Ben Witherington reviews Dan Brown’s “The Lost Symbol”

Here we go again. A lot of ink has been spilled over the “DaVinci Code.” Now it’s time to do the same with Dan Brown’s “The Lost Symbol.” And no one spills as much ink as Ben Witherington. He is willing to write until the subject has been covered!!! So as “The Lost Symbol” makes the rounds, you will want to check in with Ben to get a full review of the things Brown gets right, gets wrong, doesn’t understand and ignores, spinning out another tale that turns Christianity into a spiral of special codes and secrets. Click here for the review.

An excerpt from Tim Keller’s soon to be released book Counterfeit Gods

Click here. I have read the few pages, and it is a good read even if you do not buy the book. Keller’s The Prodigal God was powerful, and this book seems to be in the same vein – insightful, psychologically real, truth told slant, as CS Lewis phrased it. Sometimes truth has to be told on the slant because straight on we hold it at bay. But it can surprise us and penetrate the heart before we build the barriers to keep it out when the story teller is good. And Keller tells a good story

The meaning of the Cross-profound but not intricate

It has become accepted in evangelicalism that all theological statements are only perspectival and open. There is decreased confidence that our theological statements can meet the demands of the rational or even that we can have confidence in rationality itself. I feel in the air of the church a nihilism of a sort, a death wish, a desire to take the whole thing down and to build up again we know not what. Brian Maclaren’s book Everything Must Change is an outcropping of this spirit. By the time one has read enough books of this genre there are no declarative sentences left. We are left with a Jesus who in some way or other saves in some way or other. Salvation begins to look strangely like suburban progressivism. Surely there is mystery in our religion, but when we read the New Testament we find ourselves breathing the air of certitude and clarity.  The following words by J Gresham Machen are timely.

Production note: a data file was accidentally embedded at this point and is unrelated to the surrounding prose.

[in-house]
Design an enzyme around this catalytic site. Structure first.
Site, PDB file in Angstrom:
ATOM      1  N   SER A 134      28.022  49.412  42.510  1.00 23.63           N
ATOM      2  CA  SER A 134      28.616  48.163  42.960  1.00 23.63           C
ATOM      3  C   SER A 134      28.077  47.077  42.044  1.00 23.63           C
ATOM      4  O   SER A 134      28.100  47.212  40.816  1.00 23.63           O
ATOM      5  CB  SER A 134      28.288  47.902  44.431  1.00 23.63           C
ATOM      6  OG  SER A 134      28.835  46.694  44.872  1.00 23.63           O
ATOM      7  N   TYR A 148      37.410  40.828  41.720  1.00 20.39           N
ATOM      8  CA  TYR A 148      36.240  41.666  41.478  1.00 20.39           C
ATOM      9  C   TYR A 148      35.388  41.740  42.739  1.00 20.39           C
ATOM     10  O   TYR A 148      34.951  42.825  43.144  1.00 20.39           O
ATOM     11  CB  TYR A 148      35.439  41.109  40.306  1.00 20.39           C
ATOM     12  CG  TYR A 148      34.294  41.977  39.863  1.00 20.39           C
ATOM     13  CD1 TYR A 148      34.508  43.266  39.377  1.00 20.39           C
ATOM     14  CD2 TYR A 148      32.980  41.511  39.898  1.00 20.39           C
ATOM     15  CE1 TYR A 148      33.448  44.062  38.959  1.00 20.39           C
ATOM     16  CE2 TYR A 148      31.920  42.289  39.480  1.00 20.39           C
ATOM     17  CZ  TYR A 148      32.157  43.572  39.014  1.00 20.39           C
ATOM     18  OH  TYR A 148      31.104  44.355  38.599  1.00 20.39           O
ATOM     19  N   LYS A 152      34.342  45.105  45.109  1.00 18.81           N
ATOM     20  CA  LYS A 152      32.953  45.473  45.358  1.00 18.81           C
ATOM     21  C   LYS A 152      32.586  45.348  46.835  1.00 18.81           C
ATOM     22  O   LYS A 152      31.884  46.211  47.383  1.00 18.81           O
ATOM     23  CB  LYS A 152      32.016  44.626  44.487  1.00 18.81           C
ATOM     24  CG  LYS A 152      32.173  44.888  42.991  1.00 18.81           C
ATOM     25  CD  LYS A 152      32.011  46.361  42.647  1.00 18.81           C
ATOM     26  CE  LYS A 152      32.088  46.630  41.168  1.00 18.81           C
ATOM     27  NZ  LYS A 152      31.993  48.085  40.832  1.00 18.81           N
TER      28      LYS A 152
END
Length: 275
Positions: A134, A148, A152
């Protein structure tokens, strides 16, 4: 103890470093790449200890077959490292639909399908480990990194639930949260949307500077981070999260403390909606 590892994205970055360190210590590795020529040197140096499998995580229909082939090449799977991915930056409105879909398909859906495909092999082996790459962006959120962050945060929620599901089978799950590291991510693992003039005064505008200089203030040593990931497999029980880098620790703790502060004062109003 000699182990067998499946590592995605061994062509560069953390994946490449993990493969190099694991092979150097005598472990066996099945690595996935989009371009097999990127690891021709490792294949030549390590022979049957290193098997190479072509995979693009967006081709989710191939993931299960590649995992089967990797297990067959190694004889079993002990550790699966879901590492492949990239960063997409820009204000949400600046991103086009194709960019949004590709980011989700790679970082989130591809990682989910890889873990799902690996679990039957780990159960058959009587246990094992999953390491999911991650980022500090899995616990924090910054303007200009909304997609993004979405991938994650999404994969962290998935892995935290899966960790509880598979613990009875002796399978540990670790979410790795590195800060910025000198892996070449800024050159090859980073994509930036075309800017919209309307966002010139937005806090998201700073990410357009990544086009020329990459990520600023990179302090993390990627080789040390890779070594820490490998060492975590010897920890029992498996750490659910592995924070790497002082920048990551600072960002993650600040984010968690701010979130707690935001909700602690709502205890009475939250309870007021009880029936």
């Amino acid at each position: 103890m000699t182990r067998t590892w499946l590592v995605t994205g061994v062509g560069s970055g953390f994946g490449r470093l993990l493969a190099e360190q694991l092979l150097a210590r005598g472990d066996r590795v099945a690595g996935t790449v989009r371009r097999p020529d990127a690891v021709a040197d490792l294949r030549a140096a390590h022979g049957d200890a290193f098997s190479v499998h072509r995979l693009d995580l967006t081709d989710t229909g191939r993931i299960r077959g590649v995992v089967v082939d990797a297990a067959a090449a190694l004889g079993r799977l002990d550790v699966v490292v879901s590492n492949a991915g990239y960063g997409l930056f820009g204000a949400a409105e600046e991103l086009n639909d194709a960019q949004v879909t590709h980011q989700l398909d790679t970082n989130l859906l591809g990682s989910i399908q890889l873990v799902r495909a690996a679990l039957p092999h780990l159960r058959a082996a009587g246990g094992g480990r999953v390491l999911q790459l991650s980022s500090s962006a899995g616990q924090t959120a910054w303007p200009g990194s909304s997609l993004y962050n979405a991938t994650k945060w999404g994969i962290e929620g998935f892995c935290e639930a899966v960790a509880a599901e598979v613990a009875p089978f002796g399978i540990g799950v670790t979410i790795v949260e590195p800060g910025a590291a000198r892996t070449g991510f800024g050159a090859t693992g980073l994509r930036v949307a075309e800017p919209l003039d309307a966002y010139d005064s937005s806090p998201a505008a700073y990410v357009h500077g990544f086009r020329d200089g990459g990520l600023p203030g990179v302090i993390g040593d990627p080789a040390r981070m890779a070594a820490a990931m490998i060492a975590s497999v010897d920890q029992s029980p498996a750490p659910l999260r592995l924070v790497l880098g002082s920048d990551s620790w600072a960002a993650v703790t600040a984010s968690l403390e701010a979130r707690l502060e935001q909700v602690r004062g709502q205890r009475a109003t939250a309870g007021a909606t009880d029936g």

“I do not think that what the New Testament says about the cross of Christ is particularly intricate.  It is, indeed, profound, but it can be put in simple language.  We deserved eternal death; the Lord Jesus, because he loved us, died in our stead upon the cross.  It is a mystery, but it is not intricate.  What is really intricate and subtle is the manifold modern attempt to get rid of the simple doctrine of the cross of Christ in the interests of human pride.  Of course there are objections to the cross of Christ, and men in the pulpits of the present day pour out upon that blessed doctrine the vials of their scorn; but when a man has come under the consciousness of sin, then as he comes into the presence of the cross, he says with tears of gratitude and joy, ‘He loved me and gave himself for me.”

I must be careful here, because I am intrigued by paradox, irony and puzzle. It is intellectually more appealing and admits of a certain kind of academic adrenaline. Theology that bows to my need to get a “mind buzz” can end up leaving me without a real Christ, a real cross, a real death, a real resurrection, a real kingdom and a real message to shout from the rooftops. The man lying on the hospital bed is in need of real medicine and the curing of a real disease. Medicine has as its end the health of the patient. And so does theology.

“I Stand by the Door” – posting this again.

I stand by the door.

I neither go too far in, nor stay too far out,
The door is the most important door in the world-
It is the door through which people walk when they find God.
There’s no use my going way inside, and staying there,
When so many are still outside and they, as much as I,
Crave to know where the door is.
And all that so many ever find
Is only the wall where a door ought to be.
They creep along the wall like blind people,
With outstretched, groping hands.
Feeling for a door, knowing there must be a door,